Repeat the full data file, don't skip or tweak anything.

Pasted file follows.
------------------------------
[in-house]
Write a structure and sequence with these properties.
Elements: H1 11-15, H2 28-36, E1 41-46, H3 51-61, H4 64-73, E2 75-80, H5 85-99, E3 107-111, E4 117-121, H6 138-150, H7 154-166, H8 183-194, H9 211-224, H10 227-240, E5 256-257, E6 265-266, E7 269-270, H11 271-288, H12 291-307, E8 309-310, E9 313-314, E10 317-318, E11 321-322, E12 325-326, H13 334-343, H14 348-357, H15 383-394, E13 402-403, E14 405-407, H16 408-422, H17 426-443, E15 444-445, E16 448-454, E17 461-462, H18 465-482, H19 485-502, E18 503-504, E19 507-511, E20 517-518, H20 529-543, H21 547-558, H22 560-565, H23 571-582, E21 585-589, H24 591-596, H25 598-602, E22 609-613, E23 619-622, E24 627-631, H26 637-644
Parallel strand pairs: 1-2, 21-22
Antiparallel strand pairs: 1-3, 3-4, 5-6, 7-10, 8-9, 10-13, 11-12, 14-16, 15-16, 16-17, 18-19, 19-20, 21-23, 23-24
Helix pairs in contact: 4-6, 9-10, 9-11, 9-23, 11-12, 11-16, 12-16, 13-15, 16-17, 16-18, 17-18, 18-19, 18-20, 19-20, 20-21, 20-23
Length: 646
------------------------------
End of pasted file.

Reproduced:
[in-house]
Write a structure and sequence with these properties.
Elements: H1 11-15, H2 28-36, E1 41-46, H3 51-61, H4 64-73, E2 75-80, H5 85-99, E3 107-111, E4 117-121, H6 138-150, H7 154-166, H8 183-194, H9 211-224, H10 227-240, E5 256-257, E6 265-266, E7 269-270, H11 271-288, H12 291-307, E8 309-310, E9 313-314, E10 317-318, E11 321-322, E12 325-326, H13 334-343, H14 348-357, H15 383-394, E13 402-403, E14 405-407, H16 408-422, H17 426-443, E15 444-445, E16 448-454, E17 461-462, H18 465-482, H19 485-502, E18 503-504, E19 507-511, E20 517-518, H20 529-543, H21 547-558, H22 560-565, H23 571-582, E21 585-589, H24 591-596, H25 598-602, E22 609-613, E23 619-622, E24 627-631, H26 637-644
Parallel strand pairs: 1-2, 21-22
Antiparallel strand pairs: 1-3, 3-4, 5-6, 7-10, 8-9, 10-13, 11-12, 14-16, 15-16, 16-17, 18-19, 19-20, 21-23, 23-24
Helix pairs in contact: 4-6, 9-10, 9-11, 9-23, 11-12, 11-16, 12-16, 13-15, 16-17, 16-18, 17-18, 18-19, 18-20, 19-20, 20-21, 20-23
Length: 646